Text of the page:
June 15th, 2024

The Fresh Prince of G.S. Lakie

By Dale Woodard on June 24, 2021.

photo Submitted by Kristi Legge - G.S. Lakie Middle School students perform in a music video based on the 90's sitcom The Fresh Prince of Bel-Air.

With the COVID-19 pandemic, the past school year really has been a story about how Lethbridge students’ lives got flipped-turned upside down.
So it was fitting that when it came time for G.S. Lakie Middle School to do another of their feature video productions, they settled on The Fresh Prince Of Bel-Air.
With G.S. Lakie performing arts teacher Kristi Legge behind the camera, students from Grades 8B, 7B and 7D – led by Emmit DeCillia playing the role of Fresh Prince – busted out their best hip hop moves in a remake of the classic TV show, complete with the opening basketball court scene and the wayward shot that kicks everything off.
The final result is The Fresh Prince of Middle School.
While The Fresh Prince of Bel-Air pre-dates the current students of G.S. Lakie by nearly a decade, the students demonstrate they appreciate sitcoms from yesteryear.
And yes, they know how to dance The Carlton.
“We did a staff I Will Survive parody, a Halloween video and a Christmas video,” said Legge. “We hadn’t done anything really hip hop related and we’ve got a lot of kids that obviously love that. So that was part of our focus.
“We also noticed a lot of students are watching the same TV shows that we grew up watching. So that was a neat way to relate to each other. We also don’t have a ton of rap experience. We wanted to tell a bit of a story.”
The video features the musical production of teacher Sheldon Arvay, costume design by Lori Adamson and a guest beat-box performance from language arts teacher Nick Rickards.
In the video, the Fresh Prince – DeCillia – gets into trouble shooting some b-ball outside of the school and is sent to G.S. Lakie principal Brad Dersch’s office.
When he arrives at the office – after taking a few detours along the way – the Fresh Prince notices his principle is nowhere to be found.
Getting on his principal’s phone and posing as Dersch, the Fresh Prince calls Lethbridge School Division superintendent Cheryl Gilmore to ask for early class dismissal.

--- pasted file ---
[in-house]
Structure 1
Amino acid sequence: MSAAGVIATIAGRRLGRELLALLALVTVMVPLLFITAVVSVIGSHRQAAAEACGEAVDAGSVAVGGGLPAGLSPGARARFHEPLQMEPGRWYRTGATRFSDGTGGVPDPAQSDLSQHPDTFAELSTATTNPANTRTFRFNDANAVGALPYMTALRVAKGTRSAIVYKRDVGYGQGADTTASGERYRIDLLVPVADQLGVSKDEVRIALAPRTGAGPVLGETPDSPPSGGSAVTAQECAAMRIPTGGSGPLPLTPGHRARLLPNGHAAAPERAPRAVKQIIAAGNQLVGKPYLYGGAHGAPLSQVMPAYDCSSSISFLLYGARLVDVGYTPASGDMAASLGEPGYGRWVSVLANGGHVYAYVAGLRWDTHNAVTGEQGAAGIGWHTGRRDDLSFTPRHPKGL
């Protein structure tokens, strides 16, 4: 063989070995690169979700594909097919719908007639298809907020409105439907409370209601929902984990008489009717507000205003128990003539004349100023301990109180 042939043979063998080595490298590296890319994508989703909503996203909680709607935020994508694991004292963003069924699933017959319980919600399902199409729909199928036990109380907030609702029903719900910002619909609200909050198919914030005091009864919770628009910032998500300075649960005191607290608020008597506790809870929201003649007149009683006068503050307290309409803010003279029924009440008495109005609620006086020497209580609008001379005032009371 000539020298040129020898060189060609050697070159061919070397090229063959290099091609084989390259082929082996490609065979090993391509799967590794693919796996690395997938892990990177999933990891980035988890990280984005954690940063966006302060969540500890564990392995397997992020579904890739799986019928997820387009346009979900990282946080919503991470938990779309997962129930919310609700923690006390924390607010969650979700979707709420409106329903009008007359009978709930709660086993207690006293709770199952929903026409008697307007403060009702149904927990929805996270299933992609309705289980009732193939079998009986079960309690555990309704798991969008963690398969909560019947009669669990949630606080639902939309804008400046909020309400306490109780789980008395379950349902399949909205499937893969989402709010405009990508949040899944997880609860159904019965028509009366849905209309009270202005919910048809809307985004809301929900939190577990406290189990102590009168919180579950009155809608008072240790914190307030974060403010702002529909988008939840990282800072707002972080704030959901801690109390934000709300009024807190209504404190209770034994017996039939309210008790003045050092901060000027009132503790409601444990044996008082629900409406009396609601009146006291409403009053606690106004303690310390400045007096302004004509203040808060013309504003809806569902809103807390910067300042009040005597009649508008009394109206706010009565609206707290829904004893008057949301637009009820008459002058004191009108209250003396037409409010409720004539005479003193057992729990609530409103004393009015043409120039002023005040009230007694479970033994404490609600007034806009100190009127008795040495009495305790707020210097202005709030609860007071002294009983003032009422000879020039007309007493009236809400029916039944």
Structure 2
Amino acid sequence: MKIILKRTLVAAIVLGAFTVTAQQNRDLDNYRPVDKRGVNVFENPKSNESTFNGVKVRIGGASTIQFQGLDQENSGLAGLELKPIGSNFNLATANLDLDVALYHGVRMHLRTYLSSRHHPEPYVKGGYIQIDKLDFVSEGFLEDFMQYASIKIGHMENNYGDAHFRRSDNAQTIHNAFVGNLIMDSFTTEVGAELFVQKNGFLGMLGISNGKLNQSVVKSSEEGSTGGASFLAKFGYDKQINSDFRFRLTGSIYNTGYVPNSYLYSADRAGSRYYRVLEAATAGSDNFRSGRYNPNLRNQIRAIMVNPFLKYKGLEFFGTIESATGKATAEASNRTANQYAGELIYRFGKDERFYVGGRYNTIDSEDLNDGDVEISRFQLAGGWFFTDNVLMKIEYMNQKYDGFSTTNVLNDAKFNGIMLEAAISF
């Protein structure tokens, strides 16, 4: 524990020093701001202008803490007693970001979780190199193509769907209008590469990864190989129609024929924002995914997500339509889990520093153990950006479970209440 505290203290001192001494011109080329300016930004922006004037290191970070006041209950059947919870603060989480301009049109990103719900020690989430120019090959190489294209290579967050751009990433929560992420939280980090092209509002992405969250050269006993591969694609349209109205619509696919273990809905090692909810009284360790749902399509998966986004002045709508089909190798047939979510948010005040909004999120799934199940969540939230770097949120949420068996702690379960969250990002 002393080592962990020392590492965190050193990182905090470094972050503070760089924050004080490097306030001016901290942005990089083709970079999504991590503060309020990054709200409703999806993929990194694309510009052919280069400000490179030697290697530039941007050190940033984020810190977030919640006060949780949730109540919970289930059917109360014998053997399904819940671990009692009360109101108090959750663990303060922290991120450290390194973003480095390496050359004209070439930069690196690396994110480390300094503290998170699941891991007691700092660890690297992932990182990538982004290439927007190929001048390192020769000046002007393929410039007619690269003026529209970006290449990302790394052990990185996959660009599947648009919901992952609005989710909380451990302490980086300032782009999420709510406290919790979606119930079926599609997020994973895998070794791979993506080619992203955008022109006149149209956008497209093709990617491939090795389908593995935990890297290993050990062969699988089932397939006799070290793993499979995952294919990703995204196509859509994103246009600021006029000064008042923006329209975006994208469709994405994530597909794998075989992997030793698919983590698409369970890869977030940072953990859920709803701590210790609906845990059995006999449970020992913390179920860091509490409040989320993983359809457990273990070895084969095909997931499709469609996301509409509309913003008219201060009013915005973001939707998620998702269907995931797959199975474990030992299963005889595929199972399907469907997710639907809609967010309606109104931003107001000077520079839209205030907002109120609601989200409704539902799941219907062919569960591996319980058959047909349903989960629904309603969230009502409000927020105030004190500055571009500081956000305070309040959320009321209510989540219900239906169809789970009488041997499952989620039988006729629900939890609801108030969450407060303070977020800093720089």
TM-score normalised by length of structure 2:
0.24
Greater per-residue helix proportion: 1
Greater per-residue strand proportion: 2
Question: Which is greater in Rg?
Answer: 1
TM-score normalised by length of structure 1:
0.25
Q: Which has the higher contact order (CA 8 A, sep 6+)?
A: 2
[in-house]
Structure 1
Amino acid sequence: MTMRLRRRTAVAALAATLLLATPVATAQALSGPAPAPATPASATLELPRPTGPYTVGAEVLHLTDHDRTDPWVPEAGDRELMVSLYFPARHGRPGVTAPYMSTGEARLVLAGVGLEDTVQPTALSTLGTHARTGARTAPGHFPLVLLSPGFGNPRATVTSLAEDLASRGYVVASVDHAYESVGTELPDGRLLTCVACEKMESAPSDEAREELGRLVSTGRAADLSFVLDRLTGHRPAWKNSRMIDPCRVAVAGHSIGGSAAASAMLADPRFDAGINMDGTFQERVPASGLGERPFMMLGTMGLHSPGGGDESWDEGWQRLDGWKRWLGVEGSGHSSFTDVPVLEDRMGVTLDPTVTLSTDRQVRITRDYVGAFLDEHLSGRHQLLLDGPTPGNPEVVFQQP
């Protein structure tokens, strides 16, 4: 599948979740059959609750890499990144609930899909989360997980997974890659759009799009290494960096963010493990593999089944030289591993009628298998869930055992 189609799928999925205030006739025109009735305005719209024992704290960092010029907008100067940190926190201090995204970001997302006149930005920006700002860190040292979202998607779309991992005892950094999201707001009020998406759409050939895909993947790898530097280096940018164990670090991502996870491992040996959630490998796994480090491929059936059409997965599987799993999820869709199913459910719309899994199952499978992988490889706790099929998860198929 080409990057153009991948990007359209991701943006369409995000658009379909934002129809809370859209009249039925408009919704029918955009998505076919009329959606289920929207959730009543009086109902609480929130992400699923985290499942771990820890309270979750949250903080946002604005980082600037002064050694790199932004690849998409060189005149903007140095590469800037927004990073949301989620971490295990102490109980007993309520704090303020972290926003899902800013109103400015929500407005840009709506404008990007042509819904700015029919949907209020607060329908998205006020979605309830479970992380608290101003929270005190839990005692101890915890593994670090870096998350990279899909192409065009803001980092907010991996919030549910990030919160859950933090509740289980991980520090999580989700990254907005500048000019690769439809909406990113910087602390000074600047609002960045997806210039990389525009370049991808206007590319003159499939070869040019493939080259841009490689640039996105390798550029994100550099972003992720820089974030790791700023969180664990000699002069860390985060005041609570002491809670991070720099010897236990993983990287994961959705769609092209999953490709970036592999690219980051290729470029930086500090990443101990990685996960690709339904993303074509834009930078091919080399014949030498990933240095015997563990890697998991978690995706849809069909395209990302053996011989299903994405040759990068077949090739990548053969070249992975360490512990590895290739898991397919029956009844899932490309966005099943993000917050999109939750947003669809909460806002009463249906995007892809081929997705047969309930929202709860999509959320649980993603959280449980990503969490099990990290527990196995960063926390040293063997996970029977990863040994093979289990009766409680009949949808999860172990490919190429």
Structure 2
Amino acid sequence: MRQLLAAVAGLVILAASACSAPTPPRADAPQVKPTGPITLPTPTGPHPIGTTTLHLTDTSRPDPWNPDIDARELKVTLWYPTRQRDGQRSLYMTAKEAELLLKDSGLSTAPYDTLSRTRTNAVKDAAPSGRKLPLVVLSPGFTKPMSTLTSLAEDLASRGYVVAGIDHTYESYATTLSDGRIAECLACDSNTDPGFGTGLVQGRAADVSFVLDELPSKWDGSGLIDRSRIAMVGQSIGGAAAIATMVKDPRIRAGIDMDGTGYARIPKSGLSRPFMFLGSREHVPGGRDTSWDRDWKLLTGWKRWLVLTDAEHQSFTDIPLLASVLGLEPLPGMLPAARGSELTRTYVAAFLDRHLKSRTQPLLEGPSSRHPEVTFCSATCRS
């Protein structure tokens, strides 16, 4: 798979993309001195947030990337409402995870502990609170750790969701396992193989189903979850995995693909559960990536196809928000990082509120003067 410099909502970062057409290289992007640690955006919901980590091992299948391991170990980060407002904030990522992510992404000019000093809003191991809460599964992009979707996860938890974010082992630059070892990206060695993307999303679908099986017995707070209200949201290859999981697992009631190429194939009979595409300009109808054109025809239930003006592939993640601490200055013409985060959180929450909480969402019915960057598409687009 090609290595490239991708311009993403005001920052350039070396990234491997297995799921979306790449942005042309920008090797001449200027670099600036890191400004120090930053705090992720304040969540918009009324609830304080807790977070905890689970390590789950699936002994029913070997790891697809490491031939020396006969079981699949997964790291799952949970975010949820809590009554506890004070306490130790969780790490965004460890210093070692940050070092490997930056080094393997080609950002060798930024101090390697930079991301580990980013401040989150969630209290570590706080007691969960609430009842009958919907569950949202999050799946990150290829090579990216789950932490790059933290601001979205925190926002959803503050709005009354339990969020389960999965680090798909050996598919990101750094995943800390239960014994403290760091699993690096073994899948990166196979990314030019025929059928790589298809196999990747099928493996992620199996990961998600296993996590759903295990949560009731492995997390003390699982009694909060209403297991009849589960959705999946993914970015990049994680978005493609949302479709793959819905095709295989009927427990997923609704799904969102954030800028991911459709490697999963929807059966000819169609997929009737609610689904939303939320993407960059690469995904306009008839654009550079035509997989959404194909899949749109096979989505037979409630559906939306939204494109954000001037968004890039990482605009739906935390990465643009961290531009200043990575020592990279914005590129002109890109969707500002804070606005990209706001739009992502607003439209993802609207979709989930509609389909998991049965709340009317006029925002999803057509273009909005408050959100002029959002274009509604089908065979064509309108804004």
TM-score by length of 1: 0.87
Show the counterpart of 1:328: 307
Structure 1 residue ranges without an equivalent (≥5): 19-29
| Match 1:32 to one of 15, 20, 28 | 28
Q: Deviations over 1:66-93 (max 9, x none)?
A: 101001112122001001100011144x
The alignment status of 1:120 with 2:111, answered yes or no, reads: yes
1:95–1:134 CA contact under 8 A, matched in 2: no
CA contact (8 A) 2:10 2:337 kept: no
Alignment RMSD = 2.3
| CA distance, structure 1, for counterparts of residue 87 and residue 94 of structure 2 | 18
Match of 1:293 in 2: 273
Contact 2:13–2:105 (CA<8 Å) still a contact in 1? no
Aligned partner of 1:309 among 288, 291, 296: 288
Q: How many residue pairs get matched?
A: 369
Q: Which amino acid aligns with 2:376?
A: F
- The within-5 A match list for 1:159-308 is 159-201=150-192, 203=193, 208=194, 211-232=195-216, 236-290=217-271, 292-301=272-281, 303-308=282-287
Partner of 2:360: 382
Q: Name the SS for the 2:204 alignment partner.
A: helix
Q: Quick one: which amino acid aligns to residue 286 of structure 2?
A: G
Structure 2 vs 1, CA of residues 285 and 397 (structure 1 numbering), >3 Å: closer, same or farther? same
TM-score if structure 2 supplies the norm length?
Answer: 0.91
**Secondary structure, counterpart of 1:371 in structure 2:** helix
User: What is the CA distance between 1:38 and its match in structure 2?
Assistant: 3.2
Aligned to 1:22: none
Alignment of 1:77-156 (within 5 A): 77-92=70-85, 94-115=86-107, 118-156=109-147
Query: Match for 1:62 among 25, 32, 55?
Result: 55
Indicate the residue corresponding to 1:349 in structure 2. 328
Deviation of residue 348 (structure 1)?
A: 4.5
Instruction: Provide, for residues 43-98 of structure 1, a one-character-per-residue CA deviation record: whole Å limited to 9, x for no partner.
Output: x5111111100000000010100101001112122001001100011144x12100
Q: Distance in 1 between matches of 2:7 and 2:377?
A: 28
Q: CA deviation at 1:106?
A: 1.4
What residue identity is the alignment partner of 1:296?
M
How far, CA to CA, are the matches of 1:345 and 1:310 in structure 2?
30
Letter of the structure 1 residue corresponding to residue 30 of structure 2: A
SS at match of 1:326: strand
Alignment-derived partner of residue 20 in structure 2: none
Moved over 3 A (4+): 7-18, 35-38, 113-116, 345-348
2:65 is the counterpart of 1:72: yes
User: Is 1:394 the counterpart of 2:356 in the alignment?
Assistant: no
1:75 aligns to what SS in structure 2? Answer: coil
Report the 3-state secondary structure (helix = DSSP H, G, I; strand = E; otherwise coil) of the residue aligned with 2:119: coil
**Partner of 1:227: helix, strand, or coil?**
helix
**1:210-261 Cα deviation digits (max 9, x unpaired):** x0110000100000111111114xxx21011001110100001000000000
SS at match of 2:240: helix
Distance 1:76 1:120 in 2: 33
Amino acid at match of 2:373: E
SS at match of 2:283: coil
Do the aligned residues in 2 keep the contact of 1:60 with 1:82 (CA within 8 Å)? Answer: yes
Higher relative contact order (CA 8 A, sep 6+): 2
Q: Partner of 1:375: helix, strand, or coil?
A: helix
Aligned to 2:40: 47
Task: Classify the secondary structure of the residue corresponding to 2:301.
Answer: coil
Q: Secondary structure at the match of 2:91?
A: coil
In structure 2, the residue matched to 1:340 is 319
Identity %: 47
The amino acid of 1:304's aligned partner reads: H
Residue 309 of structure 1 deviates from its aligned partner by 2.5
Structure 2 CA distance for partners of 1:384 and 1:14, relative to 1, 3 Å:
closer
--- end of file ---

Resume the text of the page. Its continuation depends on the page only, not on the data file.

At the end of the video, Dersch emerges from a meeting, notices his empty school and looks quizzically into the camera, wondering where all the students went.
“He’s a rock climber. He’s not a rapper, he’s not a dancer,” said Legge of DeCillia. “That was one of the benefits of teaching these cohorts this year. We’ve met all these students who probably never would have taken dance, but now we’ve got them enrolled for music or acting or art. I feel all of the exposure we’ve had just because it’s been a little bit of everything has given them new interests that they were maybe apprehensive to get involved in.”
Arvay was in charge of the production end of the video, said Legge.
“(With) an electronic music program he’s got the state-of-the-art Nuendo, which is what they use with a lot of professional recording companies. So the kids are pretty spoiled there.”
Needing a beat box performance, Rickards filled the role.
“I’ve always wanted to incorporate some beat boxing because that’s one of the elements of hip hop culture, but that was actually recorded by accident,” said Legge. “When we were doing a sound check in August with Mr. Rickards. I thought he was really good at that and we should somehow include it. Then everyone got sent online and we weren’t able to do a proper recording of it so we used it.”
Legge shot the entire video on her phone.
“It’s amazing what you can do now,” she said. “If anything, we needed to find elements of performance we wouldn’t get without the live performance. I feel like you wouldn’t get those intimate closeups with a live performance. You have that flat, one-dimensional view. That’s something I really tried to do this year, have a 360-degree view and really zoom in at times to connect with our performers.”
The Fresh Prince video isn’t the first time G.S. Lakie has used Gilmore in their productions.
The superintendent also had a cameo in last year’s remake of Achy Breaky Heart.
“Any time we can bring in more characters and staff and community members, I think it’s fun for the kids to see them in a different light,” said Legge. “Cheryl Gilmore was a good sport about it as well and our resource officers have been amazing to the point where after this project, we decided we might have them perform at our dance show next year.”
The Fresh Prince of Middle School video debuted last week.
“The kids watched it (last) Monday and they were so excited to be in the news, they were ecstatic,” said Legge, noting the pandemic of the past year made things difficult.
“It’s been such a yo-yo going online and then back in school and I was worried we weren’t going to be able to finish it, but luckily during lunch hours we were quickly able to get it done. Normally we do multiple, big live productions at our school. I feel that at least having a virtual audience was better than nothing.”
The video also demonstrates middle school students appreciate sitcoms that were around well before then were born.
“You see the shirts they wear, they do The Carlton Dance,” said Legge. “You ask them where that’s from and they tell you ‘Fresh Prince’. Not all of them, but there is definitely a good majority of kids who are watching a lot of these vintage shows like Friends and Fresh Prince. It’s kind of cool that we can share that with them.”
Though The Carlton Dance isn’t featured in the video, it is included in the video’s promo, featuring a gif of the actual Carlton – Alfonso Ribeiro – doing the dance.
“I figured no one can do it as well as him,” said Legge.
The Fresh Prince of Middle School can be viewed at https://www.youtube.com/watch?v=Llp6gagBIlA

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